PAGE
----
As public relations professionals, we have mastered the art of crafting a perfect press release. We know exactly how to create that eye-catching headline, secure the most interesting quotes from a spokesperson and know what is considered “newsworthy”.
So, why do we sometimes fail to get any coverage? The key is a good pitch.
As Meltwater highlights, “a press release is only as good as its pitch”, and it’s true! With journalists getting hundreds of pitches a day, our job as a PR professional is to create a pitch that merits the media reading the press release attached.
Here are a few golden rules for writing the perfect pitch:
- Choose a target
Build your target media list by researching what type of content they normally write about and consider whether this media outlet would be interested in a story. There is no use sending a press release to every media outlet under the sun as it will show journalists that you don’t know much about their individual publication and securing coverage will be very hard.
- Get to the point
No one likes reading long winded emails, so why make your pitch three paragraphs long? Keep your pitch short and simple by including the gist of what your press release is about in a sentence or two.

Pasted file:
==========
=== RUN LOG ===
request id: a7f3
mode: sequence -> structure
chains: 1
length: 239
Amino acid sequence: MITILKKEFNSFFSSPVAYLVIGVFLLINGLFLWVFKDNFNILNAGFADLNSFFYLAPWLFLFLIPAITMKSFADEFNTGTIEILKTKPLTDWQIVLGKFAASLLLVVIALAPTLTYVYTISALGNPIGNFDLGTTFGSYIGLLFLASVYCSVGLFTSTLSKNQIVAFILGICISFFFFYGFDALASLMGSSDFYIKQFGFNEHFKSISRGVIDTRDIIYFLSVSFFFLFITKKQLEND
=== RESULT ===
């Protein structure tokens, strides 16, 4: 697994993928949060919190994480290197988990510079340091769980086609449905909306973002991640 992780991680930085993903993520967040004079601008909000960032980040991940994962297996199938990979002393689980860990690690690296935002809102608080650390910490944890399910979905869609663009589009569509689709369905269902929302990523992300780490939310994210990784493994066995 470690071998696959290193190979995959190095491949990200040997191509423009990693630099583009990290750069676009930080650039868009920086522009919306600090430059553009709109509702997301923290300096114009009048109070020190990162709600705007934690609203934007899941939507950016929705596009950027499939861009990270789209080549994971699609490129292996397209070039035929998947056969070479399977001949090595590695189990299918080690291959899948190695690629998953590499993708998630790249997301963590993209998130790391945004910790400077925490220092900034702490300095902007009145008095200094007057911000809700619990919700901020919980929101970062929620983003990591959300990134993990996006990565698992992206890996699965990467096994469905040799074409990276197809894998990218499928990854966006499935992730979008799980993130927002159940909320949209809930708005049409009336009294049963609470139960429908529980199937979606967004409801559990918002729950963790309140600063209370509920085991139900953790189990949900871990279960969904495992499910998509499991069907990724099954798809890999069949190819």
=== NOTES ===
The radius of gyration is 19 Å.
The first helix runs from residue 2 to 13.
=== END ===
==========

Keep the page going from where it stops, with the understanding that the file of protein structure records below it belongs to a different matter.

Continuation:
- Compelling subject line
You could write the most incredible pitch but journalists probably won’t open it if you don’t have an enticing subject line.
Meltwater gives some good tips on what not to do and a key one is not to begin your subject line with “press release” or “pitch”. Your pitch needs to stand out, not just be another “story idea”.
Make sure your subject line is short, about five to seven words, is compelling and highlights the most important or unique part of your story.
- Make it personal
Even though you may have a basic pitch structure, subject line and you’ve referred to their previous work, you still need personalise it. The easiest way to make a press release personal is by using their first name (and spelling it correctly).
When you have an understanding of what the journalist writes about and the tone of a certain publication, you’ll be able to clearly pitch to them why your press release is going to be useful to them.
Also, ensure you include your direct contact details. Whether it’s an email, a phone number, or both, make sure you are easily accessible to field any queries or requests for interviews.
- Pitch a story, not your company
As Forbes points out, journalists aren’t interested in your company or the product itself as it isn’t considered an interesting topic. Your story needs to be part of a broader concept and highlight a need or a message that will engage people. Considering this, in your pitch, don’t make it all about the company or product you are trying to sell. Sell the story by highlighting the key messages and include a wow factor that will entice people to read it.
Now you’ve got some core strategies, so hit send! Press releases can sometimes be hit or miss and at the end of the day, it is up to the journalist whether they publish it.
Need some PR help? Get in touch with VO today!
The content in this blog has been derived from the number of sources listed below.
VO Group does not take ownership of the content.
Read more about how to pitch the perfect press release: